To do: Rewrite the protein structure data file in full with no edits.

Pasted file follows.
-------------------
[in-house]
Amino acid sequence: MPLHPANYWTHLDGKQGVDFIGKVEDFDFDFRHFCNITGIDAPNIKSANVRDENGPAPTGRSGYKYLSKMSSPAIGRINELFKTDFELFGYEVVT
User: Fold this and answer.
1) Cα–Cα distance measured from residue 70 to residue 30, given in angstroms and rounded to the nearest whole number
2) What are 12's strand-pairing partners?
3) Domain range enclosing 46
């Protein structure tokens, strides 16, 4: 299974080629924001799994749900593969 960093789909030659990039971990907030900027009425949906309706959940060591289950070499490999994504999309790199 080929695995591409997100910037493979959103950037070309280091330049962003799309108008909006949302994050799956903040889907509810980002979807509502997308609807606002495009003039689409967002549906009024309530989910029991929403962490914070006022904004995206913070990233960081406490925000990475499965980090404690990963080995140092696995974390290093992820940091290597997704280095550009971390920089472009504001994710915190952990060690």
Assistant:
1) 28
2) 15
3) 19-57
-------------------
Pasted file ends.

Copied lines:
[in-house]
Amino acid sequence: MPLHPANYWTHLDGKQGVDFIGKVEDFDFDFRHFCNITGIDAPNIKSANVRDENGPAPTGRSGYKYLSKMSSPAIGRINELFKTDFELFGYEVVT
User: Fold this and answer.
1) Cα–Cα distance measured from residue 70 to residue 30, given in angstroms and rounded to the nearest whole number
2) What are 12's strand-pairing partners?
3) Domain range enclosing 46
């Protein structure tokens, strides 16, 4: 299974080629924001799994749900593969 960093789909030659990039971990907030900027009425949906309706959940060591289950070499490999994504999309790199 080929695995591409997100910037493979959103950037070309280091330049962003799309108008909006949302994050799956903040889907509810980002979807509502997308609807606002495009003039689409967002549906009024309530989910029991929403962490914070006022904004995206913070990233960081406490925000990475499965980090404690990963080995140092696995974390290093992820940091290597997704280095550009971390920089472009504001994710915190952990060690």
Assistant:
1) 28
2) 15
3) 19-57